For the last year and some change, I’ve gone from using Opera as my primary browser to using Mozilla Firefox. I have a variety of reasons for this switch, and it was a somewhat gradual one, but as I detailed in a recent post, despite it being my browser of choice, I still feel that it has a lot of shortcomings, and as such, it needs a lot of tweaking out-of-the-box before I find it usable.
So this is a writeup of the things I do to Firefox — in this particular case Firefox 4 — immediately after I install it. It used to be a much shorter list, but these days it’s getting more and more involved, so this writeup is as much for my own purposes, as a checklist of sorts, as it is to share my thoughts with others on how to tweak Firefox 4.
It’s been a little over a year since I reviewed the first Peppermint OS, and while I liked the first effort on this new project, I’ve been really looking forward to Peppermint Two. Well, my wait was over as of last week, so I was able to kick the tires and get a good feel for it after installing and using it for a few days.
And it didn’t disappoint!
Some of you who have been following this blog for a while may remember my post from 2009 where I was lamenting my lack of decent Linux-friendly MP3 player options out there to replace my aging Archos device.
Well, I still haven’t found one. However, thanks to Rockbox and a used device I bought from a friend, I have a stopgap that will hopefully last me until the portable music player electronics market sorts itself out.
Let’s face it. Browsers suck. In my ongoing search for a browser that meets all my needs, I’ve frequently found myself compromising in one way or another, and while I have good things to say about almost any browser, I can’t say that I “love” any of them.
So this is less of a list of “my favorite browsers”… I don’t have one of those. Instead, I present you with my list of The 5 Browsers That Annoy Me The Least.
A few weeks ago, I made a post here talking about what I’m doing lately in technology (cleverly labeled “What I’m doing lately in technology” ;)) and some of the comments on it really got me thinking about the approach that I have been taking on the specs for my next desktop computer will/should be. What am I going to use it for? Do I really NEED as much modularity as I’ve always insisted upon in the past? Should I be thinking “sleek, powerful, and small”, rather than “big, modular, and does everything”?
So I thought I’d sort some of this out here, by doing some thinking out loud, and hopefully getting some feedback from the rest of you.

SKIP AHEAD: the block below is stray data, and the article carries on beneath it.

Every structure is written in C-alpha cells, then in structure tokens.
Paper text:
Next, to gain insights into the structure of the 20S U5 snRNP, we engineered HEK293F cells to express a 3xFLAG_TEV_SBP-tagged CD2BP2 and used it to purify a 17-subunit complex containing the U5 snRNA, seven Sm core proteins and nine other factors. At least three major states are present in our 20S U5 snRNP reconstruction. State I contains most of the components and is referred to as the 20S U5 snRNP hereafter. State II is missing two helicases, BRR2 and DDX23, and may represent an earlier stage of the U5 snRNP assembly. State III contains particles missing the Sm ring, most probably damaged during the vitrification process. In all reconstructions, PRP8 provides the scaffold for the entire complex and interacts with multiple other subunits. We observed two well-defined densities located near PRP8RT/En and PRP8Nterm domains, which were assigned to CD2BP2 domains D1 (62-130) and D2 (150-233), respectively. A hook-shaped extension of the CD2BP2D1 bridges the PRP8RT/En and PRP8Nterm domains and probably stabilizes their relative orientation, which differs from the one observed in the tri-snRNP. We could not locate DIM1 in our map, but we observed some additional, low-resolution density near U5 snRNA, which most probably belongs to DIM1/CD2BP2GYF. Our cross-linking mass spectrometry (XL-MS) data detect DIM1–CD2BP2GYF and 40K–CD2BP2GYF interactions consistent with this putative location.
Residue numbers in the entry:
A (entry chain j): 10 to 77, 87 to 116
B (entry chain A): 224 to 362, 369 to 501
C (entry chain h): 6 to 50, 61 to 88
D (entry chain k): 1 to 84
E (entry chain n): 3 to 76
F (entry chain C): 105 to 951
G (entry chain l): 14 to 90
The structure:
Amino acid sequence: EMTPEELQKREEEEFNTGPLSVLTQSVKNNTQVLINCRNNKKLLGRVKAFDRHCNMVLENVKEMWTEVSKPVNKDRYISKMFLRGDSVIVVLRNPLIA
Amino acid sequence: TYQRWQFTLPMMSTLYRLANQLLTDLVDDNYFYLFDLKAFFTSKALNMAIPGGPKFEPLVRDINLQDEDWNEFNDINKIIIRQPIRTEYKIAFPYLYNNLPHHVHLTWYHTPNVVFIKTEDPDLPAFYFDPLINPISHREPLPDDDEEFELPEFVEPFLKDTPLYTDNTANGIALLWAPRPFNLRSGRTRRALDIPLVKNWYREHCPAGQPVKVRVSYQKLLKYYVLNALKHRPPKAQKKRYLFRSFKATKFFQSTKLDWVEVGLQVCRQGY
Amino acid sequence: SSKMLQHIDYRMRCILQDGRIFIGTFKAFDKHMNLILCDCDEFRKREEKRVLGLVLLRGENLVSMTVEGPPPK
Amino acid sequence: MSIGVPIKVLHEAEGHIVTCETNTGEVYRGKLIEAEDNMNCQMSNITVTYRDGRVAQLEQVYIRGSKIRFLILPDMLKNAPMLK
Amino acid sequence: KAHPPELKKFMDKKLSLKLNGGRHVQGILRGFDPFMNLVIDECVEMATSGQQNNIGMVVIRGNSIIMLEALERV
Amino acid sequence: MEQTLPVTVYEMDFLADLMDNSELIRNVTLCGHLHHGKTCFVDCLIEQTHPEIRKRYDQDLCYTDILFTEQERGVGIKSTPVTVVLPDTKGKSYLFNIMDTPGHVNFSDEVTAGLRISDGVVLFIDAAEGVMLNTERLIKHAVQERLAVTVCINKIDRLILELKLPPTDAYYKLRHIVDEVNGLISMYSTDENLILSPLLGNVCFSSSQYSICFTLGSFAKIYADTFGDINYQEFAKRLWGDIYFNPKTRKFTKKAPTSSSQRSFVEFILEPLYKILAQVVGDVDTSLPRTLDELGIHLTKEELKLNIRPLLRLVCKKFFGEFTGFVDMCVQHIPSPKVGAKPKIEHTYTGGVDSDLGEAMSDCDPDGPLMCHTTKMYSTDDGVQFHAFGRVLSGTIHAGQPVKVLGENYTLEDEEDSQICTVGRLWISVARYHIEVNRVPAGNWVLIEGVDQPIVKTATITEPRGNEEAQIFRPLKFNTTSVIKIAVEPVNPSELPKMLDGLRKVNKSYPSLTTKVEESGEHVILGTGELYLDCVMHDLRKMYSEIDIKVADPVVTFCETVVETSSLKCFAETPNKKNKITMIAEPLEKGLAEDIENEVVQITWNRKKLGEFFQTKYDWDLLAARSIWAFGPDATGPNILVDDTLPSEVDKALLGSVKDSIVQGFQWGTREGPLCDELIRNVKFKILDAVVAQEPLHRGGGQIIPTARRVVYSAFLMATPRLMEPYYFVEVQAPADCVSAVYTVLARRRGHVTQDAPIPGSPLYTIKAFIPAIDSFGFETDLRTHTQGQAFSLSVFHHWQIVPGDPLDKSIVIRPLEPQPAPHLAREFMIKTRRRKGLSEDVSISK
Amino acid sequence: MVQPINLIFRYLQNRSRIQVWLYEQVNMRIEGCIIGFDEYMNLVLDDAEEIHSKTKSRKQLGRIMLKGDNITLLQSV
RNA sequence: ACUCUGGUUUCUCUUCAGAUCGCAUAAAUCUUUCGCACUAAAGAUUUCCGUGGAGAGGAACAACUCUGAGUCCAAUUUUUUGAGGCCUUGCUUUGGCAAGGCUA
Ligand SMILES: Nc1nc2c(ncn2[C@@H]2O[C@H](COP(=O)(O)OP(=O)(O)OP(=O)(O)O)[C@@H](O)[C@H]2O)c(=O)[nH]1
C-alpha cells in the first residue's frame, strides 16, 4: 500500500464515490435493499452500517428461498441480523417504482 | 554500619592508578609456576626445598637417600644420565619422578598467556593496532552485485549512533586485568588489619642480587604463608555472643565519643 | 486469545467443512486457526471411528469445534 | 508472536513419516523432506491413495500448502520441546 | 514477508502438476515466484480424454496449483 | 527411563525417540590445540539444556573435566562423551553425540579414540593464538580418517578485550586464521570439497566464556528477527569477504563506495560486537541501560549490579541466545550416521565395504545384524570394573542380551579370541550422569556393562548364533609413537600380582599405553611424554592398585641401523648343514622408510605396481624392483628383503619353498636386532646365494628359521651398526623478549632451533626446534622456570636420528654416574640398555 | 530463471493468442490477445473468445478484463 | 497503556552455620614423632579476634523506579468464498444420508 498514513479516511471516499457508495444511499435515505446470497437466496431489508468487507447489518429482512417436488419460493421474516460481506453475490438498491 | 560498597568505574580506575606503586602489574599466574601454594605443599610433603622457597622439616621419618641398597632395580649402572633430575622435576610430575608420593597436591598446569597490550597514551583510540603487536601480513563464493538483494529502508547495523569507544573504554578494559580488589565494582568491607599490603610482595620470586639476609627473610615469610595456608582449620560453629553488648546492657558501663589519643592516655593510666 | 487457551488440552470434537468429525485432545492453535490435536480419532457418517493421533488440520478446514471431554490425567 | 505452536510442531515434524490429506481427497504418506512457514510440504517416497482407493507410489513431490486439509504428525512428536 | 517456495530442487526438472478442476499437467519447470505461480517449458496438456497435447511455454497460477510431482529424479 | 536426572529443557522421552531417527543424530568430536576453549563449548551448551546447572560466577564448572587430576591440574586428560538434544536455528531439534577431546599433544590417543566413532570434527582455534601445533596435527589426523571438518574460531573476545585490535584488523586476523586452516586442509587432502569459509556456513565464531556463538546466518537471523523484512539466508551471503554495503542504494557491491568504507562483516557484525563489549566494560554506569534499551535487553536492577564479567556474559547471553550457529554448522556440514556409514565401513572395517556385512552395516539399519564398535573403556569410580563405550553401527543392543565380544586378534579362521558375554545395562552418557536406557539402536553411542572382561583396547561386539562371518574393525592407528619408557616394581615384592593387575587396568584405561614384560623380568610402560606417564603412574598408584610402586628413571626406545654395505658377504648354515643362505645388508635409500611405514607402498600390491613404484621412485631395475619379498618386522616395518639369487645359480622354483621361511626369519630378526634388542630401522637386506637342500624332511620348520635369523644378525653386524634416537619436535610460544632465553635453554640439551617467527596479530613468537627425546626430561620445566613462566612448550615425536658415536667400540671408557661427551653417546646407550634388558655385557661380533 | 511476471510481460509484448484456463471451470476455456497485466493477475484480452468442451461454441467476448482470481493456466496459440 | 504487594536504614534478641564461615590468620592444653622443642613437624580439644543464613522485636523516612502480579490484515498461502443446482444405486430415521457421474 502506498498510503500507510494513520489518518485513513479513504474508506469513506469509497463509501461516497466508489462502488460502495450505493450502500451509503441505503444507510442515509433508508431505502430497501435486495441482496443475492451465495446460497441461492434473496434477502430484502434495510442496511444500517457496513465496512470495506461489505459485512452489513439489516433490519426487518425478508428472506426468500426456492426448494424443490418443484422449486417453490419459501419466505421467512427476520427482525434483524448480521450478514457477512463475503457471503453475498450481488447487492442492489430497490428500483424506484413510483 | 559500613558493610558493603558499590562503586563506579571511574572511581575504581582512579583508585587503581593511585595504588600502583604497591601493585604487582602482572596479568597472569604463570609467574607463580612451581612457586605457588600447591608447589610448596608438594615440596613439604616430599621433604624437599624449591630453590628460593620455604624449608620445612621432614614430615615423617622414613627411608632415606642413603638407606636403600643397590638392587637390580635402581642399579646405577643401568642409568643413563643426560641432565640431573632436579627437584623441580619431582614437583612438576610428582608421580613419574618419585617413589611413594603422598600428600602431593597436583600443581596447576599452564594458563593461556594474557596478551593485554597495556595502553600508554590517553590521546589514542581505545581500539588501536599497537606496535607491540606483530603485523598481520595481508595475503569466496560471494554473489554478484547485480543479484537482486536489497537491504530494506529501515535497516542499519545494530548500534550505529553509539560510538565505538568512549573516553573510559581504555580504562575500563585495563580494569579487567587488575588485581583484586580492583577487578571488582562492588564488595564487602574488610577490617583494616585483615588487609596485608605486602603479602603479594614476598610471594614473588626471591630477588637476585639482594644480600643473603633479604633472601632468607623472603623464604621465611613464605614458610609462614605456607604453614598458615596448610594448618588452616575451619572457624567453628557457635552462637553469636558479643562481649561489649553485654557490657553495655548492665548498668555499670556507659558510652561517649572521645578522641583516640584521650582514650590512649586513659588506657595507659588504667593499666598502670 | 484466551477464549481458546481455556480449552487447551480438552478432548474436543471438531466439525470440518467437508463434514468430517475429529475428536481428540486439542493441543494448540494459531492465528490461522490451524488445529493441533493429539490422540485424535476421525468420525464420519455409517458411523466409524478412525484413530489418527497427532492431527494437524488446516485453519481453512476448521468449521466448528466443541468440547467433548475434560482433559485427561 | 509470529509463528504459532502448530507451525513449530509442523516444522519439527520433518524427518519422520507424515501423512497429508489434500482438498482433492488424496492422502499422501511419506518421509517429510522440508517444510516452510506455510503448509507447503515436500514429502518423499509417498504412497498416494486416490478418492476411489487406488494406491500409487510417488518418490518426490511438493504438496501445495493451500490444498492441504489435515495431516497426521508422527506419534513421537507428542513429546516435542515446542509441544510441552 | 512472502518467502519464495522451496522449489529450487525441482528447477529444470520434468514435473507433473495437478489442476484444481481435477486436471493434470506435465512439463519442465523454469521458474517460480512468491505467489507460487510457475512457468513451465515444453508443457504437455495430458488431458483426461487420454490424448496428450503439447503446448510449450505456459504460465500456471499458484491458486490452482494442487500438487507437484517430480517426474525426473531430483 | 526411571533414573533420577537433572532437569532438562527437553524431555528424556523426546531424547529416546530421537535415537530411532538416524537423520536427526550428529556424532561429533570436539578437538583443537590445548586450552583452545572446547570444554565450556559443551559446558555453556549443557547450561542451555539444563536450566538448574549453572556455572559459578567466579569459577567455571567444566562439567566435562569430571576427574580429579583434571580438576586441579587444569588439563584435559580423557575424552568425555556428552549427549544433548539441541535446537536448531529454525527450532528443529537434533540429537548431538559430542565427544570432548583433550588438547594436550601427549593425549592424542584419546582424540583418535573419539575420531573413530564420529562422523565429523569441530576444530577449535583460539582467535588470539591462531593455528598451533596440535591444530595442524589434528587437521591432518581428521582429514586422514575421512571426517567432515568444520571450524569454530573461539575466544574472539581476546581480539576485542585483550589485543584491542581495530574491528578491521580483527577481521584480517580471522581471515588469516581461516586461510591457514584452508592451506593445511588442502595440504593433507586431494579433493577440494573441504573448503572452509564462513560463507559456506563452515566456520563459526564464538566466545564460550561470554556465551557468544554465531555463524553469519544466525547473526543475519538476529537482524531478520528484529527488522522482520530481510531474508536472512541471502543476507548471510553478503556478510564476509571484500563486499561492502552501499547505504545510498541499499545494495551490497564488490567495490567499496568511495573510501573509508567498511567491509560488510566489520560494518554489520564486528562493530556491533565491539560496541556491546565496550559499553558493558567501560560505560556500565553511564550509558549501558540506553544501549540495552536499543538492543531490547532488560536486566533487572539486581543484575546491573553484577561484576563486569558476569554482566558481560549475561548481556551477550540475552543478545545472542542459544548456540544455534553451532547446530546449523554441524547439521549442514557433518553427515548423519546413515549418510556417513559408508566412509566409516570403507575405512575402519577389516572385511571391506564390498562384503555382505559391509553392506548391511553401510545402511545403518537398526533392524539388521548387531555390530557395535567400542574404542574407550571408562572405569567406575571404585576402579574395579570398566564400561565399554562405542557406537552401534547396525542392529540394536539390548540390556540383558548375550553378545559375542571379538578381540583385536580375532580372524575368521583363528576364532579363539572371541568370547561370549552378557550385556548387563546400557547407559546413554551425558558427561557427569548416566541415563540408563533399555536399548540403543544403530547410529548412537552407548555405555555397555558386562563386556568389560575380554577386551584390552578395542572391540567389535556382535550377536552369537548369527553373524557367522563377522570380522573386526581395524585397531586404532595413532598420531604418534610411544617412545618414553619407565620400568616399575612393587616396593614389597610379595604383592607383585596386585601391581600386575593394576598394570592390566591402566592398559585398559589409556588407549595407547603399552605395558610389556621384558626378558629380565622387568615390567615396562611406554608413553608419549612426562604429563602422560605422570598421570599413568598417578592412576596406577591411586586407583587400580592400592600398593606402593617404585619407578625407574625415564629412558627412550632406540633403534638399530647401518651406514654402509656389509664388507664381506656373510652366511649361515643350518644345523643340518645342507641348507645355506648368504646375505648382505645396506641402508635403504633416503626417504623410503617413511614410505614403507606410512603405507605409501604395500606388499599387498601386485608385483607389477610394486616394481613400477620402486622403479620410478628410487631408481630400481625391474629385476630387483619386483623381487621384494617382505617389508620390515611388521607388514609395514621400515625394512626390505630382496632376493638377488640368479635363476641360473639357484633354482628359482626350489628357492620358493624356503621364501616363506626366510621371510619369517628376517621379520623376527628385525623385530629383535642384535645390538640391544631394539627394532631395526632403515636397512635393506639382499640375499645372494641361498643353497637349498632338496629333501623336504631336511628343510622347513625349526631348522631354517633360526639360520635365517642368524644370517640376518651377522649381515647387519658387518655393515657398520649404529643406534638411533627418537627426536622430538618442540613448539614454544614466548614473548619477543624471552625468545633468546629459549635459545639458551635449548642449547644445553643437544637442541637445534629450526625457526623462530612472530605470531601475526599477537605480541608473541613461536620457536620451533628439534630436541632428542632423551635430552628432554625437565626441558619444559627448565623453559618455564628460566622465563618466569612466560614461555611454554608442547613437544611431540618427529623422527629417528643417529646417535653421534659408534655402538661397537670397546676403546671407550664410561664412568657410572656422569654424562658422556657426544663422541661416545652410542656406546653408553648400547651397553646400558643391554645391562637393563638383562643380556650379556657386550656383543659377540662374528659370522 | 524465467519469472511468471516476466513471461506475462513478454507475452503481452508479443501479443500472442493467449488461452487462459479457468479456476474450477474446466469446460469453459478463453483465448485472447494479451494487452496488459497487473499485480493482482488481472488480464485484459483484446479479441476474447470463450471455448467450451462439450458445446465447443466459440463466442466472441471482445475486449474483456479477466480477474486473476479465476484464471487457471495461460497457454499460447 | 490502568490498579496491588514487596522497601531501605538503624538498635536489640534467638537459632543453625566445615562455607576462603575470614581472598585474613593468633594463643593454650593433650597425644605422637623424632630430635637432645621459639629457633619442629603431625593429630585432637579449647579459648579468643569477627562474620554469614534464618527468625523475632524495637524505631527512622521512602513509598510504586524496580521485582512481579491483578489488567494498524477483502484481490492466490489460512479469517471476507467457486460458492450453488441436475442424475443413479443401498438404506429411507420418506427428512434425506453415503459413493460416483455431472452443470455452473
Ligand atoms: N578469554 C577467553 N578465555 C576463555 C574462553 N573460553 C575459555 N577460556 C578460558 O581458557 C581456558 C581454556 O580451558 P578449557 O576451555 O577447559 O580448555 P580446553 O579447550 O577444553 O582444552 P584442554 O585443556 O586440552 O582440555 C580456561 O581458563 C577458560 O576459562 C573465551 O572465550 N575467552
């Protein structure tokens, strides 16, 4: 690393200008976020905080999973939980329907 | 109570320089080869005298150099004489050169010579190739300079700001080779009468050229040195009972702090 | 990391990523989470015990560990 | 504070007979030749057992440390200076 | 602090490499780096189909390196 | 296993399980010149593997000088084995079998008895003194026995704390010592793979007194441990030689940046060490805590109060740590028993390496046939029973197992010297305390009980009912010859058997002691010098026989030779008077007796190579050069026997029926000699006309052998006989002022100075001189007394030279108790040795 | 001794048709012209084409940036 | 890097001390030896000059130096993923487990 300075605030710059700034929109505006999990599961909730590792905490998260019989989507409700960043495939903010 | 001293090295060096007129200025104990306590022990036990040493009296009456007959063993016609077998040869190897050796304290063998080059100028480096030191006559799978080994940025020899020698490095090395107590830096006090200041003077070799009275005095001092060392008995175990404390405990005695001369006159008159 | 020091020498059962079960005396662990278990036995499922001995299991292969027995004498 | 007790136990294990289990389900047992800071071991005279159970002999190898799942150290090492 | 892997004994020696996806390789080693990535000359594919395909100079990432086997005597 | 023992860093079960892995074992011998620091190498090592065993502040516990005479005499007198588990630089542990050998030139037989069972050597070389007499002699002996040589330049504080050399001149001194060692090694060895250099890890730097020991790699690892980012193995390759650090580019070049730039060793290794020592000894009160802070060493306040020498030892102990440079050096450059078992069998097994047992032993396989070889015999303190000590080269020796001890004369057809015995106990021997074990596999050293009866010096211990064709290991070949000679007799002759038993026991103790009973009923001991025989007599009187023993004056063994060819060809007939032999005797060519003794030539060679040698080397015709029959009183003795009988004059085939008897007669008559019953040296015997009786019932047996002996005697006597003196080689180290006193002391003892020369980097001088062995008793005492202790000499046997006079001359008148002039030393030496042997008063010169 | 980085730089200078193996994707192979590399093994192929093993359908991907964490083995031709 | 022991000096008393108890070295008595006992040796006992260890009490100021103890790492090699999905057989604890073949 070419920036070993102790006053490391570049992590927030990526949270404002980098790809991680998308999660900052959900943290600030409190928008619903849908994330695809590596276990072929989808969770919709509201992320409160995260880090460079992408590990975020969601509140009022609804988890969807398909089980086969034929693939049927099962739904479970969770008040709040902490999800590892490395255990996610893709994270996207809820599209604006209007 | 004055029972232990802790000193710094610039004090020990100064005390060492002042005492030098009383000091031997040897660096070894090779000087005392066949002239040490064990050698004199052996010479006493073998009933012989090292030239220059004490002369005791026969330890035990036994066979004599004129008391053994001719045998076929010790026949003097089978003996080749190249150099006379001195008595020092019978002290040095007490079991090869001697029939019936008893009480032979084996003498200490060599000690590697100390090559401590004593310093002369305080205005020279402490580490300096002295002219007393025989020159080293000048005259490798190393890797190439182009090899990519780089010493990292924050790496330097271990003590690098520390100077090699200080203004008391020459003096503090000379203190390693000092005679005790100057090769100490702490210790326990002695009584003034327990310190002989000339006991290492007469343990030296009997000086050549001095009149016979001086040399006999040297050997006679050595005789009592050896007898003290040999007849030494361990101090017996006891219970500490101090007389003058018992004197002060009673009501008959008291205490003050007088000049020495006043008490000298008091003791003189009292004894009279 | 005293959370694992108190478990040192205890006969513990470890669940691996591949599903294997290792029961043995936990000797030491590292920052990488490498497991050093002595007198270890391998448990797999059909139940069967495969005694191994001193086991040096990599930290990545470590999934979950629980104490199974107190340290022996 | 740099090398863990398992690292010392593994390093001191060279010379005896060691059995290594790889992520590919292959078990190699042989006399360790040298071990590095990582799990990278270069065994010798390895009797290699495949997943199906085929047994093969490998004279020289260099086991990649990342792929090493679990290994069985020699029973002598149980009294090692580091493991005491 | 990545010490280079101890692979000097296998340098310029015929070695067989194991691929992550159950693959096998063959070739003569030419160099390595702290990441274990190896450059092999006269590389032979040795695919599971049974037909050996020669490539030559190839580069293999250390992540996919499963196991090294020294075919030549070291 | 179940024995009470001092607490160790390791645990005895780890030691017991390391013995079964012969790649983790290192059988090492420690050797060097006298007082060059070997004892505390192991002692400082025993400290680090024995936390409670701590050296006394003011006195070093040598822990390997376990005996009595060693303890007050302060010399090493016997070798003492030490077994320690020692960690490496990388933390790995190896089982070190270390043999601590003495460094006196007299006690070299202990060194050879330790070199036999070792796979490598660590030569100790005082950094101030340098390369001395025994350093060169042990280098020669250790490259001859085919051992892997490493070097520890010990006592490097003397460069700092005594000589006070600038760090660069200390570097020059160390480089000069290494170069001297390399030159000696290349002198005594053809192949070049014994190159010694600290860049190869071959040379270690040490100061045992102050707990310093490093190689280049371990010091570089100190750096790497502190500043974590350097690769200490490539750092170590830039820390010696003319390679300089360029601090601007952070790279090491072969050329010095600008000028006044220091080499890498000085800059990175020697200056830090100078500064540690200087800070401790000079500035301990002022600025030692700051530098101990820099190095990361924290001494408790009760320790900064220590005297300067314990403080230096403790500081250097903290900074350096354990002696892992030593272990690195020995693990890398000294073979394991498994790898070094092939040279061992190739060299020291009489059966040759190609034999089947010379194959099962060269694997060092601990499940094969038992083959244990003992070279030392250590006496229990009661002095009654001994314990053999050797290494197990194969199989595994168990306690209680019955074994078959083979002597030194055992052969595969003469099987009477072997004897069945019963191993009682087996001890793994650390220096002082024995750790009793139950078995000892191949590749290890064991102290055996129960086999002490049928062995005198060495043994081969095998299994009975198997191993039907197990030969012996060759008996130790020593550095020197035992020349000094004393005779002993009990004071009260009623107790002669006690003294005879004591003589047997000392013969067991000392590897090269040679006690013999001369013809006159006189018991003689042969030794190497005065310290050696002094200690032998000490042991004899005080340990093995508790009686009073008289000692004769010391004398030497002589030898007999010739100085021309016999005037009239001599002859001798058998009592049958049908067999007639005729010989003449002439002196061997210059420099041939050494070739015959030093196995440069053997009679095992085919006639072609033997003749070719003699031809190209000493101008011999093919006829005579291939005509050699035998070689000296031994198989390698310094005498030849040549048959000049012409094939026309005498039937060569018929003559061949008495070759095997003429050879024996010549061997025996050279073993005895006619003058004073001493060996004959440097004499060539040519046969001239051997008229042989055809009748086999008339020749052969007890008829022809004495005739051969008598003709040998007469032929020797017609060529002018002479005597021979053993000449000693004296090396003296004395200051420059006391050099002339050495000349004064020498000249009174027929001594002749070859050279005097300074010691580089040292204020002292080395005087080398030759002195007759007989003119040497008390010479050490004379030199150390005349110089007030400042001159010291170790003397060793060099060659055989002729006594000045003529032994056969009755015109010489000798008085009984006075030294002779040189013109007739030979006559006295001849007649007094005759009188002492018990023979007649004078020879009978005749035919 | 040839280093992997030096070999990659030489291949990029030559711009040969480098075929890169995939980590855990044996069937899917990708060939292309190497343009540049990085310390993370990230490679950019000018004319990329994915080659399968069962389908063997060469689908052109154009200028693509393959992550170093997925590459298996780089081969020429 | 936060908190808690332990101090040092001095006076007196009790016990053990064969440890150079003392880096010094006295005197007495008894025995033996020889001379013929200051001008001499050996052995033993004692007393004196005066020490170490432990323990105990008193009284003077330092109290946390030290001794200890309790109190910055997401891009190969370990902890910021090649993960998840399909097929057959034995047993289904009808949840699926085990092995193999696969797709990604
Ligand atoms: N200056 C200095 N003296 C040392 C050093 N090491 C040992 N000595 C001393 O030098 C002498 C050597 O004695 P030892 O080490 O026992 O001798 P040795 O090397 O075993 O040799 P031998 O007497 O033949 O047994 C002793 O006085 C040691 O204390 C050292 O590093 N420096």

Real life gets crazy sometimes, and blogging outside of the quick and sometimes poorly-thought-out rant takes time, so I haven’t been updating here anywhere near as often as I’d prefer.
So I thought I’d pound out a few quick paragraphs on what I have going on lately in terms of technology… what I’m running where and why.
With Oracle demonstrating yet again that they just don’t get it, and with The Document Foundation now truly forking OpenOffice.org into the new “LibreOffice“, we’re beginning to see where the lay of the land lies for the future of open source where documents, presentations and spreadsheets are concerned.
I think it’s a good idea for those of us in the open source community to make sure our voices are heard on this pivotal point in this project.
I got up this morning and saw this, which led me to a pretty serious WTF moment, all before having my morning coffee.
From the article:
Mozilla’s Director of Firefox, Mike Beltzner confirmed the fact that an x64 flavor of Firefox won’t be added to the existing x86 version, per the 32-bit/64-bit Internet Explorer 8 model.
Firefox users should not despair though. Fact is that Mozilla hasn’t given up on delivering a 64-bit version of Firefox, just not with Firefox 4.0.
This implies that maybe there will be a 64-bit release for Firefox 4.1? Maybe? 4.2? 5.0? Will there be one at all? Ever?
I think that they should probably be a little more open about when there will be, and why there’s a delay.
“Cloud Computing” is one of those buzzword terms that’s been driving everybody nuts for a while now, at least from what I’ve seen. But what does it really mean to people? Often when a term gets thrown around enough to become a “buzzword”, it starts losing its meaning because people grow numb to it. Once that happens, you get pushback from people, even people to whom the buzzword applies.
Computing in “the Cloud” is one of those terms. Like the term or not, Cloud Computing is here, and has been here for a while now, and if you’re like most people on the Internet, it applies to you in at least some way, whether you admit it or not.
Here’s how it applies to you, and how it applies to me.
In my ongoing search for something with which to tinker, I’ve occasionally run across the Midori browser, a fully GTK+2 integrated, WebKit-based browser with a focus on being lightweight and simple.
It had been a while since I gave Midori a try, so I thought that since they had released a few updated versions since my last look, I’d install it and give it a new look, because it seemed to have some promise the last time.
I did most of my testing on my 64-bit Mint 9 laptop, and I installed Midori 0.2.6, which was the version in the repositories. I used it for a week as my primary browser, only resorting to Firefox when I had to do something that I couldn’t get to work in Midori, which is my usual approach to evaluating browsers.